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The Role of Collaboration in Enterprise Projects

Most large organizations today use Project Portfolio Management (PPM) tools that help organize and manage a group of projects simultaneously, using a highly structured approach. They track the elements of the work breakdown structure, including costs, timelines, milestones, risks, resources and other critical elements. Executives can then regularly review entire portfolios by monitoring the at-a-glance dashboard indicators ubiquitous in PPMs. In this article, David Coleman teams up with Ann Marcus and explains how the integration of tools, techniques and data types can produce both top- and bottom-line benefits.

Ann Marcus and I have looked at the role of collaboration within Project Portfolio Management (PPM) and have coined a new acronym, "CPPM", for an emerging set of tools that are starting to come to market. In this two-part article, based on the recent research and interviews we have done, we explore the role of collaboration as part of this emerging tool set for corporate project productivity.

More Productive Project Management

Our goal is to help senior management in mid-to-large-sized organizations understand what is needed to make their projects, portfolios and programs run more smoothly and achieve better results. We believe that a new way of looking at existing tools and project information can do just that.

We begin with an explanation of the origins of and evolution to CPPM. We then show how senior managers and organization leaders in a variety of industries have begun to recognize the need for an integrated tool set. We also detail the advantages of employing CPPM and provide some questions to help you determine whether your organization would benefit from adopting a CPPM.

Finally, we illustrate how this integration of tools, techniques and data types can produce both top and bottom line benefits for the project organization and the enterprise as a whole.

Introduction

In any organization senior management must be able to allocate resources to initiatives, goals and programs in order to accomplish the strategies and aims of that organization. Project management across the organization, sometimes called "Program Management" or Project Portfolio Management (PPM) is becoming a more important issue for most organizations. As the level of complexity and volume of projects, portfolios and programs rises, management has the increasing challenge of oversight on these projects. 

Often the day-to-day management of projects, portfolios and programs is delegated to project portfolio managers. The new tools and technologies we are beginning to see emerge require a keen understanding of the immense volume and complexity of data these managers must manage to be effective. They must evaluate the progress of a portfolio at a glance, be able to drill down to project-level details should operations go astray, and use the data to make key decisions that keep the projects aligned with organizational goals and objectives.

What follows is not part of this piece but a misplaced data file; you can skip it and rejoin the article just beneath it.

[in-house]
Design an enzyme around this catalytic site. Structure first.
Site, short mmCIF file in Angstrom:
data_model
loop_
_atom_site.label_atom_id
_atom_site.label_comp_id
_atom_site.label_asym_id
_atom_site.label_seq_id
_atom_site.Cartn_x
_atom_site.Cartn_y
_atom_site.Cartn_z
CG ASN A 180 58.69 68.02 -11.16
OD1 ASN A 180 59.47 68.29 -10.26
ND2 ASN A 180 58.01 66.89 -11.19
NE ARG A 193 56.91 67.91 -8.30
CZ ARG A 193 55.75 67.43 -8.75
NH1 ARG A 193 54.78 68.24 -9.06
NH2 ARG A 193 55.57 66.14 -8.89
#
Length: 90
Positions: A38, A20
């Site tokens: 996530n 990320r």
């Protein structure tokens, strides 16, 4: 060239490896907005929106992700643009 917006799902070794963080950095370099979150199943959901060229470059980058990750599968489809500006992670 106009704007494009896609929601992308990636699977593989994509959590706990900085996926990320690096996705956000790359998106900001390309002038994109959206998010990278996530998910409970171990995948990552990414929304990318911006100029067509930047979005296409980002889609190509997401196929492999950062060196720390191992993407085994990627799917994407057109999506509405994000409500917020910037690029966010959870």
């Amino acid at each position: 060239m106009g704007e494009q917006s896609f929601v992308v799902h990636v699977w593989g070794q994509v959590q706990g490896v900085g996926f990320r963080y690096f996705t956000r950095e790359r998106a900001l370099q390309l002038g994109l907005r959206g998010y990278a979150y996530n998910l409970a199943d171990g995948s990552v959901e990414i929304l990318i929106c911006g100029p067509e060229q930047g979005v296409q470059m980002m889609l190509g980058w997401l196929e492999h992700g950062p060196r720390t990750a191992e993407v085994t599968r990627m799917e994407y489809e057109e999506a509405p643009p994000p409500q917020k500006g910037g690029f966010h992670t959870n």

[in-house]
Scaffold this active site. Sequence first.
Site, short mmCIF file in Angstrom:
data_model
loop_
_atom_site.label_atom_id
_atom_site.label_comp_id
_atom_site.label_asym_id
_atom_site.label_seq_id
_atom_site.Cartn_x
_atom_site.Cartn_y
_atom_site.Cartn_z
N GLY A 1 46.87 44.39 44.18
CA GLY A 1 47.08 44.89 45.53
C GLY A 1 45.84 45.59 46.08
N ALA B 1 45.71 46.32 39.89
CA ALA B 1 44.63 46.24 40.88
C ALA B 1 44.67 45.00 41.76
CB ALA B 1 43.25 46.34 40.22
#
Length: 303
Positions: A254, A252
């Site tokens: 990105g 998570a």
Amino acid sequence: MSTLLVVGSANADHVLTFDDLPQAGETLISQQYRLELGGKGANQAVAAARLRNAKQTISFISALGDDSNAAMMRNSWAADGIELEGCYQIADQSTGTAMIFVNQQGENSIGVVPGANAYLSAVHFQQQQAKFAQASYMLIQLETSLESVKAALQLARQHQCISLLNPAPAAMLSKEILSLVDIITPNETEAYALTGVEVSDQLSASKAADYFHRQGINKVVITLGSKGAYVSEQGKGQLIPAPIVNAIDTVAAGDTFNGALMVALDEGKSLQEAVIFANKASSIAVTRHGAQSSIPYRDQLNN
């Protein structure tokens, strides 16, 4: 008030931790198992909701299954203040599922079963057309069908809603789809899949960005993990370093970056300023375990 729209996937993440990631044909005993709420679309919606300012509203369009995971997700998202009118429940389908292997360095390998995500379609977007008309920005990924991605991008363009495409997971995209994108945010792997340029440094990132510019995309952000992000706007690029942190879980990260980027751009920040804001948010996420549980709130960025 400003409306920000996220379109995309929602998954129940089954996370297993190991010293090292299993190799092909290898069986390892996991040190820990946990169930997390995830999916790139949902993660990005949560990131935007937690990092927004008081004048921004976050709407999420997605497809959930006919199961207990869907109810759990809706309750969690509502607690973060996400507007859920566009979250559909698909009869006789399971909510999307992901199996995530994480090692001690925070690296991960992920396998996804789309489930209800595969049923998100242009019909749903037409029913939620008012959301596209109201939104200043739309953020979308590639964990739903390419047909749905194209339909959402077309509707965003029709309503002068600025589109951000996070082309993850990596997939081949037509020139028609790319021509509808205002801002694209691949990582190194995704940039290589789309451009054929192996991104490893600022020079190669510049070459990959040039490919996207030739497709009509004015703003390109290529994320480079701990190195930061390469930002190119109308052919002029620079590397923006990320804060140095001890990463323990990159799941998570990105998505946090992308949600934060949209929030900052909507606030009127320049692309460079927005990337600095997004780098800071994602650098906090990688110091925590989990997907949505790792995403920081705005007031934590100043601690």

Staying on top of their game requires these managers to have effective tools that flex and respond to inputs and reporting requirements—the structured foundation of project management. The prevailing tools of the trade for project portfolio managers have been Project Portfolio Management (PPM) packages.

These tools are powerhouses when it comes to allocating and tracking resources across projects, developing and maintaining schedules, flagging warning signs and presenting critical summaries in easy-to-read formats. However, when it comes to handling all the unstructured data that surround projects—brainstorming, proposals, document revisions, specifications and so on—PPM tools haven't really measured up.

In all fairness, PPM tools were not designed originally to store this type of information, but in the complex, global business climate today, the unstructured data has assumed new importance. Responsible managers must assess whether failing to capture and link this information to specific projects/processes will result in negative effects: missed business opportunities, reduced team involvement, regulatory compliance shortcomings, and overlooked business processes innovation.

That's where a new class of tools we call Collaborative Project Portfolio Management, or CPPM, comes in.

Recognizing The Need

Acknowledging the practical interplay between a project's objective elements and the impact of a team's subjective interpretation and style is the first step in understanding why we propose this new approach. Blending objective, structured formats with subjective, unstructured information can help clarify the logistical assumptions and realities that go into executing a successful project. We propose that linking the data, creates a clear, relationship between the elements and results in a more complete picture whose combined value is "greater than the sum of the its parts." For example, regular collaborative involvement has been proven to strengthen team commitment and the resulting quality of the work that team produces all while reducing costs and minimizing wasted effort.